Thunder-Thursday: We got a very late start for a south Florida departure on
Thursday. Unforeseen circumstances delayed us until 1400 hrs - the heat of the day even in October. The sky that has been clear and blue in the early morning was now showing signs of building
thunder storms. Our drive to the airport saw the first of the rains: a drizzle that turned into a full blows driving
rain storm as we pulled up to the hangar. Looking off to the south the weather appeared better, but we were heading north
and the sky was not promising.
We had loaded most everything in to Wild Mama and had a flight plan ready to go to Calhoun,
Blount County, FL. This was a small rural airstrip and no approaches. We filed for Marianna as the alternate, just in case
the low ceiling that were persistent from the morning failed to lift. With a lighter rain now falling we taxied to runway
32, called for out clearance ont he ground and blasted off into an uncertain sky.
ATC put us on a 340 heading almost immediately.
This neatly took us in a trough between two towering cumulus clouds. It was looking ugly on the nexrad weather and we knew
we would be deviating. We remained at 4,000' because we could see under the clouds even though ATC wanted us at 6,000' - they
said climb as soon as we could. We waited until we got clear of the worst storms then headed up to a nice little tailwind.
We kept an eye on the sky behind us as it grew ever so black. We were happy to have left when we did.
we proceeded to north FL there were calls for deviation all over the place. Even more storms erupted but north FL was looking
better. We were in the clear as we passed the big bend but saw the lower clouds forming below us. We knew that Calhoun was
probably not going to happen. As we passed Tallahassee we saw a few breaks int he clouds and descended as low as we could.
Passing 5 miles south of Calhoun we diverted to the alternate, climbed back up to 3,000' ad prepared to do the GPS 18 approach
into Marianna. We were vectored around allowing us to avoid the procedure turn and make it to the airport a little quicker.
at 1600' we broke out of the clouds. Descending to 1200' we could see the horizon below the clouds. We executed a missed approach
at Marianna, cancelled our flight plan and continued VFR under the clouds to Calhoun.
We were motivated to get to Calhoun as
te Aviation Adventures, Inc. Youth and Aviation Adventure Guide was waiting for us there. I finished writing the book last month and was absolutely dying to see it in print. I had 100 copies to deliver to the girls in Fayetteville who
are participating in the ARC 6 month youth and aviation program. Books in hand, we filed again, obtained our clearance on
the ground and departed into the clouds en route to Fayetteville, AR.
About 50 miles from Calhoun, we finally broke free of the
clouds and bad weather and entered the smooth air for the remainder of the trip to AR. Night fell before we reahed Little
Rock so we had the pleasure of seeing the beauty of the city by night before entering the black hole over the Ozarks. It was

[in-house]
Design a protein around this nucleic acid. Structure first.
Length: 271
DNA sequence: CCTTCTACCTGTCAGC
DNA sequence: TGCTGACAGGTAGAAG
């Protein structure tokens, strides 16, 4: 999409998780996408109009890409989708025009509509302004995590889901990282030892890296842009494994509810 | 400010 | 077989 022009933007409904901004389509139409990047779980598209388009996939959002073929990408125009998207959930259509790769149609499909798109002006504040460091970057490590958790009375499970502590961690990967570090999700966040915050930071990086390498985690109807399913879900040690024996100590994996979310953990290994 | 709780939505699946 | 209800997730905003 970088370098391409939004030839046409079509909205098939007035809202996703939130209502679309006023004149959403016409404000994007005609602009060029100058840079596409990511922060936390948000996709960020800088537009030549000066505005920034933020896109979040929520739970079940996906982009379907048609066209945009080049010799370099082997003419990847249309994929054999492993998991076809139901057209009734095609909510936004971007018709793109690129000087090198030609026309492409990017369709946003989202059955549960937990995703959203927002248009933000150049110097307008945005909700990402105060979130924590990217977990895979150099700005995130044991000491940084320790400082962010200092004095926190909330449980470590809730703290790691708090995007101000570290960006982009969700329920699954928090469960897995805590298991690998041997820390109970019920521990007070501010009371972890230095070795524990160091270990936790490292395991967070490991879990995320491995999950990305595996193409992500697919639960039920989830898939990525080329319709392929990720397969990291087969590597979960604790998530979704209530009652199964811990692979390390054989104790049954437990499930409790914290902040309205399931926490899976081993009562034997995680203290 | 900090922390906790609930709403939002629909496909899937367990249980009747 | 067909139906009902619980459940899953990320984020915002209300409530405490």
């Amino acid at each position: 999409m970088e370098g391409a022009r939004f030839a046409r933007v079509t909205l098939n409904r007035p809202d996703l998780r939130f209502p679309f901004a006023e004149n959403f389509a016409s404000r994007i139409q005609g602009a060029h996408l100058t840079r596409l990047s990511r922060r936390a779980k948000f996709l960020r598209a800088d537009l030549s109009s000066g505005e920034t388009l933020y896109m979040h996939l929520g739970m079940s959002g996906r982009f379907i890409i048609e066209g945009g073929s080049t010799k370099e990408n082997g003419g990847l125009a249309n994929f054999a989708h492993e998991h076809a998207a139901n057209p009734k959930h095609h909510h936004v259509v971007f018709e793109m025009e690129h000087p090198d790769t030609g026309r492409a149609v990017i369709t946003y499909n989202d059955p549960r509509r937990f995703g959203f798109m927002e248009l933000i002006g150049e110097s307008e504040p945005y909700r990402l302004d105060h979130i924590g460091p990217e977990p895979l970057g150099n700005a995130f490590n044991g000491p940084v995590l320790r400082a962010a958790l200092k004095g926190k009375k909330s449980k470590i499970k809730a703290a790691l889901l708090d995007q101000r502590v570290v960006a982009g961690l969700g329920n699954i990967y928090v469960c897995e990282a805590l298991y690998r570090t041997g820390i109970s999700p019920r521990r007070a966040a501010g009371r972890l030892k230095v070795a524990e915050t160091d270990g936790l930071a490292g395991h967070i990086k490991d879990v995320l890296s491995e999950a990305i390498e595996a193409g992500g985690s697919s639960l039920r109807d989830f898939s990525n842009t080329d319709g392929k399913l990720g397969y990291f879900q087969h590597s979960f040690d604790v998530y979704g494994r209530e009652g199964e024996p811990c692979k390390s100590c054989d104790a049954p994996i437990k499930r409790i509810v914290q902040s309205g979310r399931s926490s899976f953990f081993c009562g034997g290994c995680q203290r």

a moonless night. It amazed us how quickly we lost the horizon and entered IMC again; only this time it was the pure darkness
of a moonless night.
In no time at all the lights of Fayetteville illuminated the horizon and we prepared for our descent. It
was a windless warm evening and our arrival was quite uneventful, other than the fact that we were glad to be there. It had
been a long day. We were met by Bill and Camelia Smith and ushered into their hangar for the duration of our stay. The evening
was beautiful: 86 degrees and crystal clear. But for now it was time to sleep.
Time to leave Fayetteville, AR. We completed the ARC Board meeting and had to keep heading west toward Pal Springs and the
Summit. It was still quite a long flight from here amd we were not going to make it in only 1 day. Although it was clear when
we took off, there was a high ceiling so we flew VFR under the clouds into Hereford. I had not bee to Hereford since the race. The first think that was evident was the
cow was missing! The folks were just as kind and the fuel was cheap so it was still a great stop.
While at Hereford,
we encountered the 2 yound children of the airport attendant. The recognized me from my picture on the wall. The ARC sponsor
banner and all of th thank yous were posted on the wall. The kids were very inquisitive and interested in the race, aviation
and the folks who come to Hereford from far away places. I gave each an Aviation Adventures Youth Adventure Guide and autographed
each. They were as thrilled as I was. We did a racing departure with a wing waggle before blasting off into the clearing skies.
The last leg of the day was through the mountains
and into Silver City to spend the evening with Caroline Baldwin with a special dinner visit from Valdeen Wooton - the lady
responsible for introducing me to the ARC board. It was great to see both and chat about air racing for the evening.
Monday - Palm Springs: Here we come!: With a car reserved for noon, we were not in a hurry to leave.
That plus we enjoy the company of Caroline and Bill and wanted to savor each moment of our visit. By 1000 hrs we were back
in the air heading straight over the mountains to the west of Silver City. We climbed out to 8500' and remained there
until we crossed the California line. From then, we followed highway 10 in our descent to Jackie Cochran Airport. The terrain
around Jackie Cochran is relatively high for our landing at -130' (that is 130 feet below sea level). Although the ride had
been very smooth at 8500', it was pretty rough through the road route and on through our downwind entry to the airport. We plunked in to land and met Peny and her airport crew. We were treated like royalty: the car was front
and center, the airplane was tied and parked and we were signed in with a fuel order in no time at all. Leave it to a woman
to manage so efficiently!
The remainder of the day was spent orienting and preparing our stuff for the AOPA Summit.